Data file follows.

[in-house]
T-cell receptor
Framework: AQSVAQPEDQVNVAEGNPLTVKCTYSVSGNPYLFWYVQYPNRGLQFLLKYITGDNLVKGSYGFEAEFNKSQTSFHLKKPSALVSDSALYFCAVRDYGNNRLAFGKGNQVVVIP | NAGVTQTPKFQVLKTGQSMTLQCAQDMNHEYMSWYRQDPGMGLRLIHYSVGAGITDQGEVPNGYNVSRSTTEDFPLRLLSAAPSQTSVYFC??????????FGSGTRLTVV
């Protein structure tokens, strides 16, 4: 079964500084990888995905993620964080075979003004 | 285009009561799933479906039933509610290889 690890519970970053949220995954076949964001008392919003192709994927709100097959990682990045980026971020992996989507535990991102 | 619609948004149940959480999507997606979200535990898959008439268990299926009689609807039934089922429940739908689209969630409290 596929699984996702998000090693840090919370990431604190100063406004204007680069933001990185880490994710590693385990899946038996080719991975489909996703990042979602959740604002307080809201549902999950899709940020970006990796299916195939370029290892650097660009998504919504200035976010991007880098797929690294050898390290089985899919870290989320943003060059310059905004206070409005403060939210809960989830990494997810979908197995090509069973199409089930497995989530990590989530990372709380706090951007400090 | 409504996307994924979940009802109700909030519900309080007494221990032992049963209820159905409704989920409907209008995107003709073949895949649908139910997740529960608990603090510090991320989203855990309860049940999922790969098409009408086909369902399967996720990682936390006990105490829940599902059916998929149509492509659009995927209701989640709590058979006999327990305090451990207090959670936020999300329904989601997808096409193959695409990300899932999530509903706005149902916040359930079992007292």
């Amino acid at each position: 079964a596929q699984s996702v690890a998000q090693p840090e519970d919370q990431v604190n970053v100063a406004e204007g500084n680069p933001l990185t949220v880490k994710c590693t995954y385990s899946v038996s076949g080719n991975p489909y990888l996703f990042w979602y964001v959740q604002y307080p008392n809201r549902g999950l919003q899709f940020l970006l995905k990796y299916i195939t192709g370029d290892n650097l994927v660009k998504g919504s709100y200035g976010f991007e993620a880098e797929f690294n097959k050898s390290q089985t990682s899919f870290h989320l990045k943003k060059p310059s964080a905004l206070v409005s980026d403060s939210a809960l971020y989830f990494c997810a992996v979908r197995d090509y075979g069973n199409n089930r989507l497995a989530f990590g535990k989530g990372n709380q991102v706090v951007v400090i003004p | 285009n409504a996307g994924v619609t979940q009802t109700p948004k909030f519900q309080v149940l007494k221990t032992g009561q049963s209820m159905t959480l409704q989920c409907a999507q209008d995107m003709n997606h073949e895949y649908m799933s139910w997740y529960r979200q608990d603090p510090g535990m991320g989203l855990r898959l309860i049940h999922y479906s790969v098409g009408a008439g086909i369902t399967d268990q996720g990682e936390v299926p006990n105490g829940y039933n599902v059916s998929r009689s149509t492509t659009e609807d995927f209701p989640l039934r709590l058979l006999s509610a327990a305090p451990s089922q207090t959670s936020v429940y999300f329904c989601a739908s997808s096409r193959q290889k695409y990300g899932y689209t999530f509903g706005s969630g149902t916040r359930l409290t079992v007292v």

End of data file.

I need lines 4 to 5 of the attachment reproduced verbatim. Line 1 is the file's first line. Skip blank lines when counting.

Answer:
């Protein structure tokens, strides 16, 4: 079964500084990888995905993620964080075979003004 | 285009009561799933479906039933509610290889 690890519970970053949220995954076949964001008392919003192709994927709100097959990682990045980026971020992996989507535990991102 | 619609948004149940959480999507997606979200535990898959008439268990299926009689609807039934089922429940739908689209969630409290 596929699984996702998000090693840090919370990431604190100063406004204007680069933001990185880490994710590693385990899946038996080719991975489909996703990042979602959740604002307080809201549902999950899709940020970006990796299916195939370029290892650097660009998504919504200035976010991007880098797929690294050898390290089985899919870290989320943003060059310059905004206070409005403060939210809960989830990494997810979908197995090509069973199409089930497995989530990590989530990372709380706090951007400090 | 409504996307994924979940009802109700909030519900309080007494221990032992049963209820159905409704989920409907209008995107003709073949895949649908139910997740529960608990603090510090991320989203855990309860049940999922790969098409009408086909369902399967996720990682936390006990105490829940599902059916998929149509492509659009995927209701989640709590058979006999327990305090451990207090959670936020999300329904989601997808096409193959695409990300899932999530509903706005149902916040359930079992007292």
């Amino acid at each position: 079964a596929q699984s996702v690890a998000q090693p840090e519970d919370q990431v604190n970053v100063a406004e204007g500084n680069p933001l990185t949220v880490k994710c590693t995954y385990s899946v038996s076949g080719n991975p489909y990888l996703f990042w979602y964001v959740q604002y307080p008392n809201r549902g999950l919003q899709f940020l970006l995905k990796y299916i195939t192709g370029d290892n650097l994927v660009k998504g919504s709100y200035g976010f991007e993620a880098e797929f690294n097959k050898s390290q089985t990682s899919f870290h989320l990045k943003k060059p310059s964080a905004l206070v409005s980026d403060s939210a809960l971020y989830f990494c997810a992996v979908r197995d090509y075979g069973n199409n089930r989507l497995a989530f990590g535990k989530g990372n709380q991102v706090v951007v400090i003004p | 285009n409504a996307g994924v619609t979940q009802t109700p948004k909030f519900q309080v149940l007494k221990t032992g009561q049963s209820m159905t959480l409704q989920c409907a999507q209008d995107m003709n997606h073949e895949y649908m799933s139910w997740y529960r979200q608990d603090p510090g535990m991320g989203l855990r898959l309860i049940h999922y479906s790969v098409g009408a008439g086909i369902t399967d268990q996720g990682e936390v299926p006990n105490g829940y039933n599902v059916s998929r009689s149509t492509t659009e609807d995927f209701p989640l039934r709590l058979l006999s509610a327990a305090p451990s089922q207090t959670s936020v429940y999300f329904c989601a739908s997808s096409r193959q290889k695409y990300g899932y689209t999530f509903g706005s969630g149902t916040r359930l409290t079992v007292v």